Dogs Can Be Friendly, And Dogs Can Bite!
The friendship of a dog can be wonderful for children's emotional and physical health.
But children - especially those ten and under - are most at risk for dog bite injury. As well as disease
and disfigurement, dog bites can bring about long term emotional trauma.
It is well known that stray dogs can be a danger. However, most bites
are inflicted by dogs known to the victim often their own or a neighbour's dog. The Dogs and Kids Web site aims to reduce
the incidence of dog bite injury - by encouraging responsible dog ownership and by teaching children safe behaviour
"Parents should be encouraged to teach young children to treat all dogs with the greatest respect for their own personal safety."
While no prevention program is 100% successful, teaching children how to safely approach or retreat from a dog, and which situations to avoid,
will give them greater confidence and safety in handling encounters with dogs. It can make life more enjoyable for dogs too!
Why Dogs Bite
The vast majority of dogs
are safe, reliable companions. But even a friendly dog may bite if
threatened, angry, afraid or hurt. Some dogs can be described as
dangerous—bred or trained to be aggressive, with predatory instincts
that may cause them to chase and attack a fleeing child.
Dogs Protect Things, Places and People
Just as humans do, dogs protect things they care about, whether their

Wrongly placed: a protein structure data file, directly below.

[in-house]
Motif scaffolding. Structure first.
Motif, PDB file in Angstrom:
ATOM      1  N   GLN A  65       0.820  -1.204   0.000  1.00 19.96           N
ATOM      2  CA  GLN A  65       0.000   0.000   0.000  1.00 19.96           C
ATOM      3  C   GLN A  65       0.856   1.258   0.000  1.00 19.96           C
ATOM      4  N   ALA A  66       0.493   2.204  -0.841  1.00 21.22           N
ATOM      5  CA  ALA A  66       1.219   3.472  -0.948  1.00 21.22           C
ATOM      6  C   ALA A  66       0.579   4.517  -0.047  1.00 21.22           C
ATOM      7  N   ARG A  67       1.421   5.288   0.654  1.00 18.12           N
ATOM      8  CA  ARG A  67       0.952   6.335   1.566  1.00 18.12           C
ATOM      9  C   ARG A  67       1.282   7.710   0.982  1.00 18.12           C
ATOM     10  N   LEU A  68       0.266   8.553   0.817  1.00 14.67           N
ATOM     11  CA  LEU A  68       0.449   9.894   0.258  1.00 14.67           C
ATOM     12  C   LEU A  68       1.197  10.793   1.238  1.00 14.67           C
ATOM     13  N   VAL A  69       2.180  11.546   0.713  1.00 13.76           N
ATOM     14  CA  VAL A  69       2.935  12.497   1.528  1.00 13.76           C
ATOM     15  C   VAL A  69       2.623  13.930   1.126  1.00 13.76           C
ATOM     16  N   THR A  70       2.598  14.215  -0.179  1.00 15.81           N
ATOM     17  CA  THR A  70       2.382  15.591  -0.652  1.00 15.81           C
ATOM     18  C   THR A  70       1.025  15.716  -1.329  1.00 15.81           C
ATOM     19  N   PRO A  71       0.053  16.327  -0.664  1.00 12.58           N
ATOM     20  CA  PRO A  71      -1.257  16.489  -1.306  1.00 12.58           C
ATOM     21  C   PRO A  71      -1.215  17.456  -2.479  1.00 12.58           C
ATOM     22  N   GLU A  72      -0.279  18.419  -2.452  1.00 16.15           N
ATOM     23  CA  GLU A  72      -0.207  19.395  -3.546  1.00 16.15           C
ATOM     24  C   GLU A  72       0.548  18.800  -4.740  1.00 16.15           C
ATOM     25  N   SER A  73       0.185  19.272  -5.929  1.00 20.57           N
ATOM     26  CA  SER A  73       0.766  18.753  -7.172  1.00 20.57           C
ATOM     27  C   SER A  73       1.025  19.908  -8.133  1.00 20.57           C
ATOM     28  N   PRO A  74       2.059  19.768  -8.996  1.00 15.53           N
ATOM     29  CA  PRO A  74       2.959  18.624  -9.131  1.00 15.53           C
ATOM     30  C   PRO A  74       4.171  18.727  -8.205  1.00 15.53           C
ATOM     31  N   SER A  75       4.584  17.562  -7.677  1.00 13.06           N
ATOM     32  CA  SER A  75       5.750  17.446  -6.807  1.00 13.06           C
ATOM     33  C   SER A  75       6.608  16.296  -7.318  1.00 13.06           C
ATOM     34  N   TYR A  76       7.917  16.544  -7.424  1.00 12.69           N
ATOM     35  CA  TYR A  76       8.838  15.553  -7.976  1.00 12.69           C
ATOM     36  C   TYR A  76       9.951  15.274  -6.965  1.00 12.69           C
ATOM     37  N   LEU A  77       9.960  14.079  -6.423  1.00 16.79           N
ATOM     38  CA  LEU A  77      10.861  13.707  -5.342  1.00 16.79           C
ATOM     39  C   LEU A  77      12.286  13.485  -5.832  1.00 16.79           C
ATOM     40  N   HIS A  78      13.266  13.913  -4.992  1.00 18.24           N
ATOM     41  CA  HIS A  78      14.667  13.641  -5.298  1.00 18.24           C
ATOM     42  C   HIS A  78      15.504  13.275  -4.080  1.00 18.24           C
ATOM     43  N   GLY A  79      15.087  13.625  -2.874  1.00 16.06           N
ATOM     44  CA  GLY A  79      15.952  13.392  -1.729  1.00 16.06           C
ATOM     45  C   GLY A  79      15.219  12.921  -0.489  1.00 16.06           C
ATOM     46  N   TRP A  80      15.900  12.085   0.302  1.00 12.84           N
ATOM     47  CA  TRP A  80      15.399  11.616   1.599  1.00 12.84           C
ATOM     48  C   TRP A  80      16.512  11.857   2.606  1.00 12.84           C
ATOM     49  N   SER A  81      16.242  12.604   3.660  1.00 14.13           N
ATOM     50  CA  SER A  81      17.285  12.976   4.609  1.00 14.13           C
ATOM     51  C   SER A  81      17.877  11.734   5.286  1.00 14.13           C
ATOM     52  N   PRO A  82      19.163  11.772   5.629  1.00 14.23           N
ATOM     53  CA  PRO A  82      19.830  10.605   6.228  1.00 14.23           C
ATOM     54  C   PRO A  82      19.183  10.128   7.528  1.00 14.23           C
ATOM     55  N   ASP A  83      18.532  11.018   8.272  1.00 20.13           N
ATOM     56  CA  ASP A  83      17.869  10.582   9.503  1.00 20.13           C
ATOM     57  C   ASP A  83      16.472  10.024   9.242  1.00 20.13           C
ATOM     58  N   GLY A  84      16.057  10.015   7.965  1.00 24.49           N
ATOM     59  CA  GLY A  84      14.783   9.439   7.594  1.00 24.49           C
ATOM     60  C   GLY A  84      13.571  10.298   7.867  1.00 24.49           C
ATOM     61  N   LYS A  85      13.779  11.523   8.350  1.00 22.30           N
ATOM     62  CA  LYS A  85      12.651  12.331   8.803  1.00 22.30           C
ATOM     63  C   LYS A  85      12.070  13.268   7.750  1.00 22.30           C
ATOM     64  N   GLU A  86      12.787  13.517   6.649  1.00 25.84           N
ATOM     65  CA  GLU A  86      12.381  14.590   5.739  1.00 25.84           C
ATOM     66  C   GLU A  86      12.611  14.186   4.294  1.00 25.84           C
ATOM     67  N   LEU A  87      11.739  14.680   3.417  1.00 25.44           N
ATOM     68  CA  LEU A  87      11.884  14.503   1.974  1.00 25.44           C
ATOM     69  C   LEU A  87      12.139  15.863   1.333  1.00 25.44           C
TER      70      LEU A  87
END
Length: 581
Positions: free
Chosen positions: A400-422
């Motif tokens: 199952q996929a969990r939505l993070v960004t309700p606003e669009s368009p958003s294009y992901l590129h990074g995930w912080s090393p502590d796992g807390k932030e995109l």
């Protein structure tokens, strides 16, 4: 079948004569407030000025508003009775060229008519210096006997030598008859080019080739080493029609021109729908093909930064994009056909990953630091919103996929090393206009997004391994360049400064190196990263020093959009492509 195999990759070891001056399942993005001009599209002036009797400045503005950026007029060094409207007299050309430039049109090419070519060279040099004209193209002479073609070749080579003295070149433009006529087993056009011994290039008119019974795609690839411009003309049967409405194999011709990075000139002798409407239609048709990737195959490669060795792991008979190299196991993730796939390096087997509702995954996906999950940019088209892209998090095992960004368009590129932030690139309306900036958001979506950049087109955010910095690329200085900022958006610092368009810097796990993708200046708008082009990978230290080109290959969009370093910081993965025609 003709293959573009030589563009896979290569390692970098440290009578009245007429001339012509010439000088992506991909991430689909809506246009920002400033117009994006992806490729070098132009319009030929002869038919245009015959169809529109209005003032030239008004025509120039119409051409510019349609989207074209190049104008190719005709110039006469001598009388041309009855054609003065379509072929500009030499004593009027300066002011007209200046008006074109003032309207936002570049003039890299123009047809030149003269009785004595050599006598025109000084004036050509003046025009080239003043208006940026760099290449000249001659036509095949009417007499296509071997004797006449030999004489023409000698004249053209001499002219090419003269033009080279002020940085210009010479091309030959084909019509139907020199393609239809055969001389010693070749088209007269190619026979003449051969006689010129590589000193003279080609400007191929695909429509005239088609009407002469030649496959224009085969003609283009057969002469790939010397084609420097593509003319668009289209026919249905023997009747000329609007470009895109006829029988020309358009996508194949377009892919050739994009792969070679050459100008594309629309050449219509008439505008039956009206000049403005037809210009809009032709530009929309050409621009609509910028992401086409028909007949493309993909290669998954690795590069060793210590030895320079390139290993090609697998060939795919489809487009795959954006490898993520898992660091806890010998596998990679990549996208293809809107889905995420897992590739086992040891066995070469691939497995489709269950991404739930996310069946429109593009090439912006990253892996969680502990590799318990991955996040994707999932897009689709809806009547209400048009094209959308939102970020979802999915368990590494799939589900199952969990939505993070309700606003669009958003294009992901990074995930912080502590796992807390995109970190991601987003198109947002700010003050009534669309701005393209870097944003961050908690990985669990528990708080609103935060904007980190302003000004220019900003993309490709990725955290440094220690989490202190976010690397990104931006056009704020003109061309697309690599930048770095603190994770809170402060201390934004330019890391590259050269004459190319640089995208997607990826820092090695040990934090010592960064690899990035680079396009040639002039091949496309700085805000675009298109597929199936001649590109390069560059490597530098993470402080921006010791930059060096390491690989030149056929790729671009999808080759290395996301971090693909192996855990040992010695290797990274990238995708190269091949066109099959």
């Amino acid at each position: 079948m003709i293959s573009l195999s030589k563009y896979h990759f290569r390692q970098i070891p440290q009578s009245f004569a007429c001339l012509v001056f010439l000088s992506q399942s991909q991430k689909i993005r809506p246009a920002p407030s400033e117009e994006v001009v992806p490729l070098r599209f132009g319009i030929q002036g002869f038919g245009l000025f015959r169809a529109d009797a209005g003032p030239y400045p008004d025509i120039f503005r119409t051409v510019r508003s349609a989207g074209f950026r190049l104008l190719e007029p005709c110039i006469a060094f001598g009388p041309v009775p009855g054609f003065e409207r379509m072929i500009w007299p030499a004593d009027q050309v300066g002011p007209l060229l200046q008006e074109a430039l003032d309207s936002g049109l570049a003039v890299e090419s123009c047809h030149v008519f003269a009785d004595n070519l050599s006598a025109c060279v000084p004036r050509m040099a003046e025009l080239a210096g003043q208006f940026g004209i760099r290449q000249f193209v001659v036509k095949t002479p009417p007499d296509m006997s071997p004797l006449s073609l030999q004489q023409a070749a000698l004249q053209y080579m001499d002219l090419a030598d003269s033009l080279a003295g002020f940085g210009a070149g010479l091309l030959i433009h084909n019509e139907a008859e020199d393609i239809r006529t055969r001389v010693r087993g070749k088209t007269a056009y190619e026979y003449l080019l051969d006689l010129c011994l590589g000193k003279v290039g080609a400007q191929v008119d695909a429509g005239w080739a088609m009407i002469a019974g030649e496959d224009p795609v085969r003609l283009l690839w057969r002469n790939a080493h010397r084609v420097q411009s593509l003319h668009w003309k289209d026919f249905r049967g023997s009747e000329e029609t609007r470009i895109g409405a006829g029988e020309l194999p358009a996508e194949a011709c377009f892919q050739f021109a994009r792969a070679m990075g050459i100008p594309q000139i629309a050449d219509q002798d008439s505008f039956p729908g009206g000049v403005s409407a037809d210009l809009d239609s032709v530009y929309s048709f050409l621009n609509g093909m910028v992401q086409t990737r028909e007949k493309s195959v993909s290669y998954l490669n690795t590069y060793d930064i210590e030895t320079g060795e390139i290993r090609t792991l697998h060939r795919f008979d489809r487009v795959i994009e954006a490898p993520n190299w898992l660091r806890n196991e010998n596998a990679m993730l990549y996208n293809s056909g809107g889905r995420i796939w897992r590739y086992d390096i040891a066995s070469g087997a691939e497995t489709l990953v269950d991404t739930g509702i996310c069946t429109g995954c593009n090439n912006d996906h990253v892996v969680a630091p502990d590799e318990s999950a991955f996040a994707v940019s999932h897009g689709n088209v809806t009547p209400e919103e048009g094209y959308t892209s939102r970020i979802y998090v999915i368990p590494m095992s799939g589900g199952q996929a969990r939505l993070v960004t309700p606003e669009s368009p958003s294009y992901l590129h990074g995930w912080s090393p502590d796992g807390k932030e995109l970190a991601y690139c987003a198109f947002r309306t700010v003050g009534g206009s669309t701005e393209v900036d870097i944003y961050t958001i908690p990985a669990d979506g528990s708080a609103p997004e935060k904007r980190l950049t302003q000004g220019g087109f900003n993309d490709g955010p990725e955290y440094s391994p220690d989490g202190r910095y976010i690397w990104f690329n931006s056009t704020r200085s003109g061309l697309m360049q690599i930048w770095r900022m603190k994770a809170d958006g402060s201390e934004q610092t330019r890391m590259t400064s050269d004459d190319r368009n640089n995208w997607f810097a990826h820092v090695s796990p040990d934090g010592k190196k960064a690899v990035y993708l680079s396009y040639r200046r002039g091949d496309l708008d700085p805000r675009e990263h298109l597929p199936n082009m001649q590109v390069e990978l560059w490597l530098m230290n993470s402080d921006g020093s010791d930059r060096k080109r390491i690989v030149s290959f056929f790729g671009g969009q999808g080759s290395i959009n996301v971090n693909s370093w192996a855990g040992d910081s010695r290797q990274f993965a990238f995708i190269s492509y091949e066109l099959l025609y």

food, puppies, or favourite toys. They also protect spaces—their own
and their owners’. Eating and sleeping areas, yards, porches, and
parked cars are all commonly defended by dogs. A child reaching
through a fence or arriving unannounced at the door, can turn a
neighbour’s warm, loyal pet into a growling, aggressive protector.
Dogs provide us with protection. We must ensure that children
understand this and are aware of situations that may frighten or anger
Other Reasons Dogs May Bite
Cornering, crowding or standing over a dog, particularly a small one,
may make it feel defensive. Children should stand back and never put
their faces close to a dog’s mouth. The face is the most common site
of serious dog bite injuries.
Stray dogs are in danger and may be dangerous. Any dog that is loose
may be lost, frightened or injured—and more likely to bite.
Sick or injured dogs may be afraid or irritable and should be avoided
Elderly dogs may have impaired vision or hearing, or more sensitive to
touch which can cause them to be more easily startled.
Some dogs are inadequately socialized. Dogs living with or around
children need to be able to tolerate a degree of rough treatment
without resorting to biting. Choose your dog carefully and discourage
even play-biting by puppies, to avoid problems later.
Most children’s dog bite injuries occur during play with a dog they
know. A dog that is excited or nervous can bite by mistake. Children
should be taught not to play fight, tease, yell at, or chase dogs or
Dogs can feel left out, especially when a new baby or pet joins the
household. Give a dog extra love and attention at these times.